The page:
It’s safe to assume that the majority of Capetonians have started making some adjustments to their current lifestyle in order to fit in with the “new norm” in the city. Whether it’s a grey water system, a borehole, a Jojo tank, collecting spring water or having the 2-minute, intermittent shower, most of us are trying to save and use less water. Everyone in town is talking about the water crisis and what they are doing about it.
Although it seems that saving water would cost you less, the tools, equipment and systems needed to save water can be expensive. Most consumers wouldn’t have budgeted for these new expenses. Many would have to use savings or rely on credit cards or loans to pay for these unexpected expenses.
South Africans Are Already In Debt
According to a 2015 World Bank report, 10 million of the 21 million credit active consumers in South Africa are more than 3 months in arrears on at least one of their debts. This is usually a sign of over-indebtedness. Many South Africans already rely on debt to make it through the month. Crisis such as the drought can have a large impact on household budgets.
The increase in the water tariffs will also affect households in Cape Town. The City of Cape Town has adopted a ‘the more you use, the more you pay’ strategy which punishes households that use too much water at home:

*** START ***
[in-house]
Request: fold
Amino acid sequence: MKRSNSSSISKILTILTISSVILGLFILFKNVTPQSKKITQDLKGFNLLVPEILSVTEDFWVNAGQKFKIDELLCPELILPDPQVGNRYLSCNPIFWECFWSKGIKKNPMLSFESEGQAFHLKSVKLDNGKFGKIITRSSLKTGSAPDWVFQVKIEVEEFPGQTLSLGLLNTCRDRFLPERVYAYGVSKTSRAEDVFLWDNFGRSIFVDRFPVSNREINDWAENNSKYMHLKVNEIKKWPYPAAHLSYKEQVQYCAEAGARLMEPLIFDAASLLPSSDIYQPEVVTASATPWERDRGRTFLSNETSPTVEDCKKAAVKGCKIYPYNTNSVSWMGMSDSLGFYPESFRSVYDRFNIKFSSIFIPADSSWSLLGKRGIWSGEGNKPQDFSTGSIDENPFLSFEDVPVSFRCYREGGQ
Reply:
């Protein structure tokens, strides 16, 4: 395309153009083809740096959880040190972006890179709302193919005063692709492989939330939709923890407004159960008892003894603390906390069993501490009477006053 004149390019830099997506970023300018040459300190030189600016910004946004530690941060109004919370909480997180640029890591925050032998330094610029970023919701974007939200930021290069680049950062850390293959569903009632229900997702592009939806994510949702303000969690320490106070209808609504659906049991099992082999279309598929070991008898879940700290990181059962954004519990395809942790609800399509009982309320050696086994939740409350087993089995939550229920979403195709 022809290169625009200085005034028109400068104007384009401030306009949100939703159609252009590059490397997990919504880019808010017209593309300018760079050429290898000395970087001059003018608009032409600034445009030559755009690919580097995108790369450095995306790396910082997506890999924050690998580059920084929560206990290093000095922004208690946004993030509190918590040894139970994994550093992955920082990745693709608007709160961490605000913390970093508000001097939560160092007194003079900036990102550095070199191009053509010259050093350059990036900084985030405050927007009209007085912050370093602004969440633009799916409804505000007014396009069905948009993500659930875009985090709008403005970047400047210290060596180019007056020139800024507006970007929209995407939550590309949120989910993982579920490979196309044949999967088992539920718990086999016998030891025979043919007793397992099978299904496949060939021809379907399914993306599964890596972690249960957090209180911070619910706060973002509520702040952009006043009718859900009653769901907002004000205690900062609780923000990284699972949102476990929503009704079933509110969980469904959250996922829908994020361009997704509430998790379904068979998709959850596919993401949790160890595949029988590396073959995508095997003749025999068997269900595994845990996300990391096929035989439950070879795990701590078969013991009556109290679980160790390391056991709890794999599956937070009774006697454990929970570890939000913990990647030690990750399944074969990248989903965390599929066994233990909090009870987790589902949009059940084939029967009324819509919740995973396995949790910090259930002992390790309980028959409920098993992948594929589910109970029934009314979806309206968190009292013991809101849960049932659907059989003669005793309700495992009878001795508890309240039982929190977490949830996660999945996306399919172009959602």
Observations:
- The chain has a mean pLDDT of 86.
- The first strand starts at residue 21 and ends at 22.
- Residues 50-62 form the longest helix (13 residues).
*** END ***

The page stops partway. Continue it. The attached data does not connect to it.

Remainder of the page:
See new prices below:
Due to the lack of a savings culture in South Africa, most households use up all of their monthly income. With the increasing costs that come along with the drought, many families simply won’t be able to get by. The increase in water cost, coupled with drought-driven purchases may cause households to become over-indebted. The goal is to save water without increasing your living expenses. Although this may seem difficult, it can be achieved. Consumers need to learn to live within their means and also make sacrifices.
The new tariffs have been introduced to try and combat Day Zero, which is the day that the municipal taps are switched off in Cape Town. Due to the slowdown in agricultural water use, Day Zero has been pushed back to the 11th May. It is possible for the city to avoid Day Zero during the water crisis. Households must stick to their limits and continue adopting water saving practices.
Focus On Saving Water And Money During The Water Crisis
In order to reduce household costs consumers should limit water usage and aim to use below the required 50l per person per day. This will keep your water bill to a minimum. Before installing expensive boreholes and Jojo tank systems, make sure you can afford them. Work out how much you can afford and start small by buying a few buckets, bottles and other water saving items.
Consumers are urged to create a monthly budget and list all of your expenses. It is important to track your living expenses and identify where you are over spending. Set yourself goals and review them each and every month. If you are struggling to juggle your living expenses and your debts, speak to a debt counsellor.
Water Saving Tips
There are many water-savings tips. If everyone stands together and does their bit we can defeat Day Zero!